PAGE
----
• Battery chargers should be matched to fully charge batteries in an eight hour period. Defective chargers will damage batteries or severely reduce their performance.
  • As batteries age, their maintenance requirements change. This means longer charging time and/or higher finish rate (higher amperage at the end of the charge). Usually older batteries need to be watered more often. And, their capacity decreases.
  • Avoid charging at temperatures above 120°F or ambient whichever is higher.
  • Deep cycle batteries need to be equalized periodically. Equalizing is an extended, low current charge performed after the normal charge cycle. This extra charge helps keep all cells in balance. Actively used batteries should be equalized once per week. Manually timed charges should have the charge time extended approximately 3 hours. Automatically controlled chargers should be unplugged and reconnected after completing a charge.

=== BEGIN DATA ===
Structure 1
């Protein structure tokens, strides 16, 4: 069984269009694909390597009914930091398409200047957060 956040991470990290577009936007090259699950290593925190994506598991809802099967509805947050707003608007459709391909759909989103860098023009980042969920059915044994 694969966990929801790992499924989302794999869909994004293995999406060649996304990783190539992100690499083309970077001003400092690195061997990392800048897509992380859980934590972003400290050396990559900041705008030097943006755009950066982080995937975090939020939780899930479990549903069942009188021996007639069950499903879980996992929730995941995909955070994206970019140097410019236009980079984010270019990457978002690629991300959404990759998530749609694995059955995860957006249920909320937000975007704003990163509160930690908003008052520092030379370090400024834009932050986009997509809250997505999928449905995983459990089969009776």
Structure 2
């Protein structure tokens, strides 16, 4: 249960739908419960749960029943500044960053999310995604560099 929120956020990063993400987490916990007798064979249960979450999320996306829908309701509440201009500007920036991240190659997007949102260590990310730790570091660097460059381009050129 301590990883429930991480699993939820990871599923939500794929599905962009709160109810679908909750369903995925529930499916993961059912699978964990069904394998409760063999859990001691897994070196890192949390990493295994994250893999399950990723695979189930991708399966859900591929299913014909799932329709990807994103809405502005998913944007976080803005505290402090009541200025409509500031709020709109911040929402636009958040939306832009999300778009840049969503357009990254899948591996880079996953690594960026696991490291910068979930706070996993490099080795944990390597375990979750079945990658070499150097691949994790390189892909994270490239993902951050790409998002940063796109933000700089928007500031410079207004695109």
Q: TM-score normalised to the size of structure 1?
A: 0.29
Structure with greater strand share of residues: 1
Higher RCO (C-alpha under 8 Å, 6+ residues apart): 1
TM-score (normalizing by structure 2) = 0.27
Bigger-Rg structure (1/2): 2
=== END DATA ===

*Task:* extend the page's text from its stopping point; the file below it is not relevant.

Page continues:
• In situations where multiple batteries are connected in series, parallel or series/parallel, replacement battery(s) should be of the same size, age and usage level as the companion batteries. Do not put a new battery in a pack which has 50 or more cycles. Either replace with all new or use a good used battery(s).
  • Periodic battery testing is an important preventative maintenance procedure. Hydrometer readings of each cell (fully charged) gives an indication of balance and true charge level. Imbalance could mean the need for equalizing, is often a sign of improper charging or a bad cell. Voltage checks (open circuit, charged and discharged) can locate a bad battery or weak battery. Load testing will pick out a bad battery when other methods fail. A weak battery will cause premature failure of companion batteries.